Passwords are Like Seat Belts 

They can help protect you, but only if you use them correctly.

Every day we get in our cars and fasten our seat belts. Why? Because we know our odds of getting hurt are lower with them than without them. We know that seat belts won’t protect us in every kind of accident, but we still dutifully fasten them every time.

Every day we also use passwords — mostly without a second thought. Our only fear around them is that we will forget them, so we make them easy to remember. As a result, however, we leave ourselves open to someone breaking into our accounts.

In an effort to try and protect us from ourselves, websites and programs have begun requiring more and more complex passwords — passwords are rated based on how many years it is estimated it would take for a hacker to break. Many will reject common passwords or those with your name in them. According to Microsoft, the average user needs 32 passwords. It’s clear that it is more important than ever to have passwords you can remember without having to write them down somewhere that could be easy for someone else to access.

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First, even President Obama last February admitted that his password was once “password” so you are not alone if you’ve aimed for simplicity. But despite the experts wanting complex passwords – the more complex a password is, the more it is actually less secure because it might be written somewhere. Most techs know that when a password is needed at a user’s computer, the first thing to do is look around. The password is usually written down somewhere in plain view. Don’t do this.

Secondly, avoid the common passwords. This year the password “password” was actually unseated by “123456” as the most used password. You also want to avoid using your birthday or a spouse, pet or child’s name. Most of that information is readily available on the Internet (think social media) and is a popular go-to for would be hackers.

 The next important thing to avoid is using the same password for different sites. The majority of passwords are obtained by server hackings and the majority of Internet logins are your email address. This means that if someone hacks a server and gets your password and email address, all they have to do is try them on different sites. If you have shared your password across sites and one is hacked, you have now become a victim.

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So what should you do?    

For years we have been advocates of using phrases that have nothing to do with the user. Add to the mix a number and a capital letter, and the password will qualify for any site. For example “carsGo2fast” would take 16.82 million centuries to brute force attack but is easy to remember and use. As compared with “$Tga3KQ” which would take 22.44 centuries to hack, but is hard to type and very hard to remember, which means it is likely to be written down somewhere.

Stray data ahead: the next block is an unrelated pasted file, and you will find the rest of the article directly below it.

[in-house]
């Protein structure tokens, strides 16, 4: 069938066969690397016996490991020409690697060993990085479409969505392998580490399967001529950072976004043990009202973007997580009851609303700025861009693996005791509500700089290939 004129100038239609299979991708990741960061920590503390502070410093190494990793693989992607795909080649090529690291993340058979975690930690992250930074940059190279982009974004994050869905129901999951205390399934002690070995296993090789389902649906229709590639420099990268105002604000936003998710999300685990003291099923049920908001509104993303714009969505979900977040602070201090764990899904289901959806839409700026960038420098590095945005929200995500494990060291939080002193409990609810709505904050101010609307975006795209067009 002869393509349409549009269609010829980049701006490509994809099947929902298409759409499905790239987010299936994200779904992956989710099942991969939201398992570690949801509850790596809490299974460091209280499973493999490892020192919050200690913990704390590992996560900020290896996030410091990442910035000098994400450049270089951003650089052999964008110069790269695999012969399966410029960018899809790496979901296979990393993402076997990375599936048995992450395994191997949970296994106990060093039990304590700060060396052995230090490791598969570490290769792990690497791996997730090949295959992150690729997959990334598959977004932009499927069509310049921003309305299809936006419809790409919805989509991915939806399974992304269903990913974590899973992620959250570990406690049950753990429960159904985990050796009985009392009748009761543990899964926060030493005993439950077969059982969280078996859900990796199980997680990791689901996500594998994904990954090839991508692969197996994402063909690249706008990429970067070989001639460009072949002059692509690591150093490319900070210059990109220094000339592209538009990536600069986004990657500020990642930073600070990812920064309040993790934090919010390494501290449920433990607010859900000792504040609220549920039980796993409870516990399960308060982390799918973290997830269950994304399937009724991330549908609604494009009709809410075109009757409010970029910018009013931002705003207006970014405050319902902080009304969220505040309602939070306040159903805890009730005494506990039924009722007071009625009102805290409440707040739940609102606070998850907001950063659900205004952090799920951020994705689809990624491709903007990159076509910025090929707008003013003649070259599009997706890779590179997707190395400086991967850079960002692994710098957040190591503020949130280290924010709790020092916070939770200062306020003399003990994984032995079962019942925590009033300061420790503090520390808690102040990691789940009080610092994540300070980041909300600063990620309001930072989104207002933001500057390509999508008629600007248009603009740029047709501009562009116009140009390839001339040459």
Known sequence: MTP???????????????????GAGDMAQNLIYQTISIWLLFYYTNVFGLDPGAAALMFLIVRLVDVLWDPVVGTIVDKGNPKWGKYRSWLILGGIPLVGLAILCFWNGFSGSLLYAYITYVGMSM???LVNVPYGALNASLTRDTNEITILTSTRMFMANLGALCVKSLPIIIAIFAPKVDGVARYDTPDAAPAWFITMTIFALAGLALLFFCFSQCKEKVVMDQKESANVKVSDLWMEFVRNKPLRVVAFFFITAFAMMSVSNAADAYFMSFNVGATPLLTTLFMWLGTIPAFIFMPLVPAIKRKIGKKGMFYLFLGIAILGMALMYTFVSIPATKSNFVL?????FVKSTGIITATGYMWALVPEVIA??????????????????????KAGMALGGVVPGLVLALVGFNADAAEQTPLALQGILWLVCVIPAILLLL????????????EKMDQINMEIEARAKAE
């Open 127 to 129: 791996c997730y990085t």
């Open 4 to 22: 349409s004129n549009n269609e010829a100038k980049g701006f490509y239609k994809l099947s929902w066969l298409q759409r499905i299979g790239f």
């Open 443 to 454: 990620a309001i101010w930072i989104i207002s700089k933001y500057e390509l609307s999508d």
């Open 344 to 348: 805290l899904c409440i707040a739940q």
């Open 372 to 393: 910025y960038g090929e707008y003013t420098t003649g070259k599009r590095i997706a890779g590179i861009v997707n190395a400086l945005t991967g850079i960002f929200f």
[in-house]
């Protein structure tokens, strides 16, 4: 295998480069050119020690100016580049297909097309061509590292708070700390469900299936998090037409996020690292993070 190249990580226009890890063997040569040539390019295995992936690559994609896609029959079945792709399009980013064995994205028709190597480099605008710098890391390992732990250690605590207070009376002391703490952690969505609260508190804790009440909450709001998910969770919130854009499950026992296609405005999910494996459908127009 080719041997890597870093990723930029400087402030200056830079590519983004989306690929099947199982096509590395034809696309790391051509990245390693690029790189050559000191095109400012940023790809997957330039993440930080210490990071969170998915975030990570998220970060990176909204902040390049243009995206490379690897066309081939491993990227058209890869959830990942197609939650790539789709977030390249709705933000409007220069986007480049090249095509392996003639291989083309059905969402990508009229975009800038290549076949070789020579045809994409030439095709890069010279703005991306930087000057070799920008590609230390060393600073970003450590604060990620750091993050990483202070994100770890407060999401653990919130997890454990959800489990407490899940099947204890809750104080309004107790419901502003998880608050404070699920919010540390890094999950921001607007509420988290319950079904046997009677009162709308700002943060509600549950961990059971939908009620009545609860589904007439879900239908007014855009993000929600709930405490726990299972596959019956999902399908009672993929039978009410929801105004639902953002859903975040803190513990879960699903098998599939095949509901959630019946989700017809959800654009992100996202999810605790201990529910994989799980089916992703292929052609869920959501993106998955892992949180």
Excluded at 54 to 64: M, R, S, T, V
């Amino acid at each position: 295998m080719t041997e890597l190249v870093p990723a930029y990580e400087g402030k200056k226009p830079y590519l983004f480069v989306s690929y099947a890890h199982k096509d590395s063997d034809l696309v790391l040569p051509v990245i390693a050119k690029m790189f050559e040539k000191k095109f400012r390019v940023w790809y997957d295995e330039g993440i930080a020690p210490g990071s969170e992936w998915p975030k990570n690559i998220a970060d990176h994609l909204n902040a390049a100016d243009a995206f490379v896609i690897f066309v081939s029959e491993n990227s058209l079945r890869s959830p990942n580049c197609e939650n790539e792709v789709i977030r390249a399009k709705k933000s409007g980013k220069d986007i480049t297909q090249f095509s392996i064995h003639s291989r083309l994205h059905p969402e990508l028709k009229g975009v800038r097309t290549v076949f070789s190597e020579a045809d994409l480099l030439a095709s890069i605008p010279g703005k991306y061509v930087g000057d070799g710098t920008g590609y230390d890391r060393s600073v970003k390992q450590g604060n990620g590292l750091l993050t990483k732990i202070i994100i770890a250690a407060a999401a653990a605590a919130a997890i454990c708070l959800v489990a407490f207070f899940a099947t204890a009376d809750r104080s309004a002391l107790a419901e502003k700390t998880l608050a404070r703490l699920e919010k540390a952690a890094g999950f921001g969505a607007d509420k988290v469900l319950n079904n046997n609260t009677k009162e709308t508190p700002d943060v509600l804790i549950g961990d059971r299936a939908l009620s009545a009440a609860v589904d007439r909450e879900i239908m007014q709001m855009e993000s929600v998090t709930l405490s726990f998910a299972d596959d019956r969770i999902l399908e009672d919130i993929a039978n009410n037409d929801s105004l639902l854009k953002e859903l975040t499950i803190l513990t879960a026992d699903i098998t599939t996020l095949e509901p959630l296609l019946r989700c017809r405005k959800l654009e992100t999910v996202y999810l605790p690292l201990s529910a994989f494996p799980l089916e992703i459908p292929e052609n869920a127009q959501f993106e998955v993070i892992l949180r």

Now I said to avoid using the same password for different sites, but that does not mean they can’t be similar.

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Think about the sites that you use. For social media sites like Facebook and Twitter, if hackers got your password, you would likely suffer few adverse effects — except maybe explaining to your mom the post that they put on your site. However, your login for your bank, for example, is obviously much more critical to protect. The easiest way to facilitate this is to use variations of the phrase for each site.

For example, using the password above, on Facebook and other social sites I would use “fastcars” : It’s easy to remember and put in your phone, yet still has a 6.91 years rating. For the first financial Institution you could use “CarsGo2Fast”, then “carsgo2Fast” on the next one and so on. The passwords are the same but also unique. Remember, make your phrase unrelated to you. Look out the window and see “3greenTrees” or pick something on your desk like “2bigApile”.

Now that you can remember your passwords, it is actually a good idea to have a location for all of your passwords and login data written down — just not anywhere easily accessible. Generally I recommend not to store them on or near the computer. There are a number of password locker programs that you can use to secure your passwords. These include some for your phone and others for your computer, as well as some that are online and can be accessed from anywhere. Personally, I would avoid those, because if that server got hacked, all of your information would be vulnerable.

Having well-secured passwords cannot protect you from every evil that is out there on the Internet, no more than a seat belt can protect you from every accident. However, won’t you feel more secure after taking the time to clean up your passwords? Just think, then you won’t have to admit that your password was “password” and you forgot to fasten your seat belt!

Dale Pinney is president of Olaf Solutions. A Microsoft Certified Professional and a small business specialist, he has been assisting small and medium sized businesses with their technology needs for over 28 years.



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